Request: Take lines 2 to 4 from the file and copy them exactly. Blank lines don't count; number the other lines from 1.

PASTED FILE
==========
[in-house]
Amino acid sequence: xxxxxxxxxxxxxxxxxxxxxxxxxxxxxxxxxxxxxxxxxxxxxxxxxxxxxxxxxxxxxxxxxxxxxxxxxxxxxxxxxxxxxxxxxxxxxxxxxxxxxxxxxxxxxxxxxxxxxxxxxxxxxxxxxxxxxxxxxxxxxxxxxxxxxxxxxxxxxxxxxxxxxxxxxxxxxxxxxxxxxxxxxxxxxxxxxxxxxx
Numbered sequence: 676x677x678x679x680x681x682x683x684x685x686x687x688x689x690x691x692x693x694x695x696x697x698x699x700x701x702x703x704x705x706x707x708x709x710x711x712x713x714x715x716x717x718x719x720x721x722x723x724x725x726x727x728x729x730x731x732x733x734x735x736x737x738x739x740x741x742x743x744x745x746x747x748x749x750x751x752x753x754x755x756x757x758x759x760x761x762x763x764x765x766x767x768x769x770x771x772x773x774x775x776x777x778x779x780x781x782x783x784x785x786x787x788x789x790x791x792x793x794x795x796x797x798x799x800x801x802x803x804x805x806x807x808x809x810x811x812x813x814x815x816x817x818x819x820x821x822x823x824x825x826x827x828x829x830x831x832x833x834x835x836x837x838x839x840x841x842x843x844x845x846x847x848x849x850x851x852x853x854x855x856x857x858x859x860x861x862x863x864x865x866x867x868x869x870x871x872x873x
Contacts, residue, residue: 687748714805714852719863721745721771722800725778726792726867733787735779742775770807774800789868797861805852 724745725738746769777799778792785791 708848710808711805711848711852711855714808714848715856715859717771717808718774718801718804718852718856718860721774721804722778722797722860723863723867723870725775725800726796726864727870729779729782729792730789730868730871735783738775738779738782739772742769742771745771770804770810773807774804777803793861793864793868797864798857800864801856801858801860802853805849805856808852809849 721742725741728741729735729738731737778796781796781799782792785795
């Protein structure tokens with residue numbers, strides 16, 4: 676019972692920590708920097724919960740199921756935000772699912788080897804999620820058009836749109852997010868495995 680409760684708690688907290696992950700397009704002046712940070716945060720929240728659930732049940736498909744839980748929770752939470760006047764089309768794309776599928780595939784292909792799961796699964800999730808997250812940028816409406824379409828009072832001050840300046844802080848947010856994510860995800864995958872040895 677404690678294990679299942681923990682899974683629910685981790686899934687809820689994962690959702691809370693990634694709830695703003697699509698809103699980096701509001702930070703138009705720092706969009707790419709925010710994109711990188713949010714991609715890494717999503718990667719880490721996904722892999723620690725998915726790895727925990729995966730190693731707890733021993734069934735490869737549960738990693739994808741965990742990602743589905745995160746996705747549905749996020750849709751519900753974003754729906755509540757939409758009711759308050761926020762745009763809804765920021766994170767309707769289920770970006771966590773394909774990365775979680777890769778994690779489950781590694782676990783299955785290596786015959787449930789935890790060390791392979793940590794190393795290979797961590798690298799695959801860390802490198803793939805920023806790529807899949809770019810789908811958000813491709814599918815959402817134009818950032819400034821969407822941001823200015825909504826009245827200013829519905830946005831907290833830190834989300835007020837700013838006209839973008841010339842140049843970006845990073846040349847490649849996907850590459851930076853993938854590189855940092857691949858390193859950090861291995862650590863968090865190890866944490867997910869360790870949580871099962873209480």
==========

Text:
Amino acid sequence: xxxxxxxxxxxxxxxxxxxxxxxxxxxxxxxxxxxxxxxxxxxxxxxxxxxxxxxxxxxxxxxxxxxxxxxxxxxxxxxxxxxxxxxxxxxxxxxxxxxxxxxxxxxxxxxxxxxxxxxxxxxxxxxxxxxxxxxxxxxxxxxxxxxxxxxxxxxxxxxxxxxxxxxxxxxxxxxxxxxxxxxxxxxxxxxxxxxxxx
Numbered sequence: 676x677x678x679x680x681x682x683x684x685x686x687x688x689x690x691x692x693x694x695x696x697x698x699x700x701x702x703x704x705x706x707x708x709x710x711x712x713x714x715x716x717x718x719x720x721x722x723x724x725x726x727x728x729x730x731x732x733x734x735x736x737x738x739x740x741x742x743x744x745x746x747x748x749x750x751x752x753x754x755x756x757x758x759x760x761x762x763x764x765x766x767x768x769x770x771x772x773x774x775x776x777x778x779x780x781x782x783x784x785x786x787x788x789x790x791x792x793x794x795x796x797x798x799x800x801x802x803x804x805x806x807x808x809x810x811x812x813x814x815x816x817x818x819x820x821x822x823x824x825x826x827x828x829x830x831x832x833x834x835x836x837x838x839x840x841x842x843x844x845x846x847x848x849x850x851x852x853x854x855x856x857x858x859x860x861x862x863x864x865x866x867x868x869x870x871x872x873x
Contacts, residue, residue: 687748714805714852719863721745721771722800725778726792726867733787735779742775770807774800789868797861805852 724745725738746769777799778792785791 708848710808711805711848711852711855714808714848715856715859717771717808718774718801718804718852718856718860721774721804722778722797722860723863723867723870725775725800726796726864727870729779729782729792730789730868730871735783738775738779738782739772742769742771745771770804770810773807774804777803793861793864793868797864798857800864801856801858801860802853805849805856808852809849 721742725741728741729735729738731737778796781796781799782792785795